- Only five of seventy studies provide decent evidence that pasteurization would possibly have prevented the outbreak (Orr, 1995; Porter, 1980; Hudson, 1984; Schildt, 2006; Danielsson-Tham, 2004). Even these studies, however, do not suggest that pasteurization would have been necessary to prevent the outbreak.
- Doyle and Roman (Appl Environ Microbiol. 1982;44(5):1154-9) found that C. jejuni can cannot grow in milk, and that if they inoculate milk with massive amounts of it, it survives twice as long in sterile milk as in raw milk … Over and over again, investigators blame C. jejuni outbreaks on raw milk despite negative milk samples.
- When he had worked with the National Institutes of Health (NIH), his group had observed that people who drank raw milk rarely got Q fever, and referred to later research showing that it is spread through inhalation rather than by drinking milk.
What I gather from this information is that there is nothing wrong with raw milk itself. The issues are usually the process that is involved getting the milk from the cow to your mouth. If there is an issue before pasteurization then pasteurization may remove these issues but is that really a benefit? Why not just make sure the quality of the milk is good instead of trying to hide it?
Does Raw Milk Have Health Benefits?
We have all (well most) drank raw milk at some point of our lives. The milk we drank was from our mothers not from a cow. Some infants even need to use breast milk banks for some extreme cases. Why do we not pasteurized human breast milk? Why do we know for a ‘fact’ that breast milk is better for us than formula? These are conventional ideologies for what is considered healthy today, so why not apply them to other areas?
One of the most notable pieces of evidence from the papers cited in the letter discussed above is the ‘antibacterial properties of raw milk’. If you think about it in comparison to what we know about human breast milk this makes sense. Human breast milk is thought to be better because of the ‘antibodies‘ it contains which are passed on to the child. There is a study cited which you can reference here at the American Society for Microbiology Applied and Environmental Biology titled Prevalence and survival of Campylobacter jejuni in unpasteurized milk. Campylobacter jejuni is bacteria commonly found in animal feces. The abstract of the paper states
C. jejuni was most stable in brucella broth, died most rapidly in unpasteurized milk, and was inactivated at an intermediate rate in sterile milk.
Yet they still state the the milk should be pasteurized which, to me, makes no sense. Further in the full text of the paper the author also states
Alternatively, unlike sterile milk, raw milk contains lactoperoxidase, which, in combination with H202 and SCN-, produces metabolites that are bactericidal to many gram-negative bacteria. The activity of the lactoperoxidase system may at least partially explain why the Campylobacter strains were inactivated to a greater degree in raw milk than in sterile milk.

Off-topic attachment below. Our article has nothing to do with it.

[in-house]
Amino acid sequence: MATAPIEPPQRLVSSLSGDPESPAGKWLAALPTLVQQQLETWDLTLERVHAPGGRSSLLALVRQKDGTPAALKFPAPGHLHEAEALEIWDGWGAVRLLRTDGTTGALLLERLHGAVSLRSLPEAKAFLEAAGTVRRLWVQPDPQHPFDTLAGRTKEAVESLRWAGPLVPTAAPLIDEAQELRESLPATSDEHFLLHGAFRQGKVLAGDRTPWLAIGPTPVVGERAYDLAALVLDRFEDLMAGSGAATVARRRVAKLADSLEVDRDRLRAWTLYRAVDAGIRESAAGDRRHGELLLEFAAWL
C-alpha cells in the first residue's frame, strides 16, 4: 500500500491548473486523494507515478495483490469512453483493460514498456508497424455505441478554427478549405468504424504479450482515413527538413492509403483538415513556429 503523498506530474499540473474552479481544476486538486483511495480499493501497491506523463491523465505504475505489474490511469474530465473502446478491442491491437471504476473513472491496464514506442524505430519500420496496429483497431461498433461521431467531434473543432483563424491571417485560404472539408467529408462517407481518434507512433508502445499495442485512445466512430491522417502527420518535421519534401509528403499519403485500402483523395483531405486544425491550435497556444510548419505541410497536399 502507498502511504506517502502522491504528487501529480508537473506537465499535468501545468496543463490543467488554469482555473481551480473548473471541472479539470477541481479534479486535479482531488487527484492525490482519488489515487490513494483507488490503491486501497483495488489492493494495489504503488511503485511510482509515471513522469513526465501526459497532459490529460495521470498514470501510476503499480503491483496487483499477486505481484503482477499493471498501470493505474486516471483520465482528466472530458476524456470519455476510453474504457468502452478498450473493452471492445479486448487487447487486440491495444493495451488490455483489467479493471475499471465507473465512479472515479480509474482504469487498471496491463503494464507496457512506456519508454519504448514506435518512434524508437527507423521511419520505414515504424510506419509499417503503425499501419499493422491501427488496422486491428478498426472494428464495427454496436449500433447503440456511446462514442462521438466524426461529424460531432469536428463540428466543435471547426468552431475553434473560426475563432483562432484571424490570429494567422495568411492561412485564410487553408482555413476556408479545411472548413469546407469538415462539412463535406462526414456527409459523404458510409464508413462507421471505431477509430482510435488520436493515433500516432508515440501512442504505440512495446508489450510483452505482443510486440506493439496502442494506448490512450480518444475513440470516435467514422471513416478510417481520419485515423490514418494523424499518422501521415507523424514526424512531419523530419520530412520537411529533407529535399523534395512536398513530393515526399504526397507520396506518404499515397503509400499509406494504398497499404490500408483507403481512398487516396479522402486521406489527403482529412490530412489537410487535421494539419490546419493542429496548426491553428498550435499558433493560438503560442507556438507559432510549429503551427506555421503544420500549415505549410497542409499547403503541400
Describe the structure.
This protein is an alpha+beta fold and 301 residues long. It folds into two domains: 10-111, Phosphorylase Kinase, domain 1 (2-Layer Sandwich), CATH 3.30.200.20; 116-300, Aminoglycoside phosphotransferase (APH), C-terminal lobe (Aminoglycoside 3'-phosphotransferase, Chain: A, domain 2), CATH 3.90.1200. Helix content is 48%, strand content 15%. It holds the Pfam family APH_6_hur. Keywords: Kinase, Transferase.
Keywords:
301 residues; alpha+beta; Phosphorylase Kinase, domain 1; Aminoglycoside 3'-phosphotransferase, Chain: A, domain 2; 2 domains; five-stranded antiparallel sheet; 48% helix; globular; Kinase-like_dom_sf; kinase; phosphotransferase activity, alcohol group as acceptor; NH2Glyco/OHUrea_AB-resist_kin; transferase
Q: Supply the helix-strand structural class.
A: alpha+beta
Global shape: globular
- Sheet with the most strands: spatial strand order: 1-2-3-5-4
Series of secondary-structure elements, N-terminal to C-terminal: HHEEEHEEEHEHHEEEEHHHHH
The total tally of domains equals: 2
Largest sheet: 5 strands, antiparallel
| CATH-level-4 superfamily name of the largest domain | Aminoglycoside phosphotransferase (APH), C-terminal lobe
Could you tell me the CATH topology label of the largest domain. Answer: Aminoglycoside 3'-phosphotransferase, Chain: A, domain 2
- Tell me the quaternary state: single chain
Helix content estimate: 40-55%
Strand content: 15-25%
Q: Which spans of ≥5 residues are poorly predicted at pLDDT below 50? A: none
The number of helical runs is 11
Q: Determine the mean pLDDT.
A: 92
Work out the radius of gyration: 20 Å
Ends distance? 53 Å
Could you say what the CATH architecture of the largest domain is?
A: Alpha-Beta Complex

In another study titled Inverse association of farm milk consumption with asthma and allergy in rural and suburban populations across Europe. The conclusion was:
Our results indicate that consumption of farm milk may offer protection against asthma and allergy. A deepened understanding of the relevant protective components of farm milk and a better insight into the biological mechanisms underlying this association are warranted as a basis for the development of a safe product for prevention.
This study is just correlation but the sample size was quite large “including 14,893 children aged 5-13 years from five European countries (2823 from farm families and 4606 attending Steiner Schools as well as 5440 farm reference and 2024 Steiner reference children)” Now I am not a fan of relying on epidemiological correlations but this is an very interesting correlation.
Why is Raw Milk Considered Dangerous?
So if raw milk has potential benefits and antibacterial affects, why is raw milk considered dangerous and why do we pasteurize milk? My gut response is that technology has made us lazy, as it has in many other areas. In order to produce and distribute milk in large quantities it involves more processes and middle men along the way. At each point in the process we have added risk of negative affects on the milk. It also allows us to also treat the cows with lower standards and still provide a consumable product. It also allows the milk to have a longer self life, much like a preservative would, again allowing us to be lazy.
I do want to get raw milk for my family but it will be quite difficult in Canada because it is against the law to sell and the Government is actually wasting their time prosecuting farmers for it. Also it costs about twice as much. I may just have to go with high quality omega-3 enriched milk from a local dairy
Here are some other articles and resource on raw milk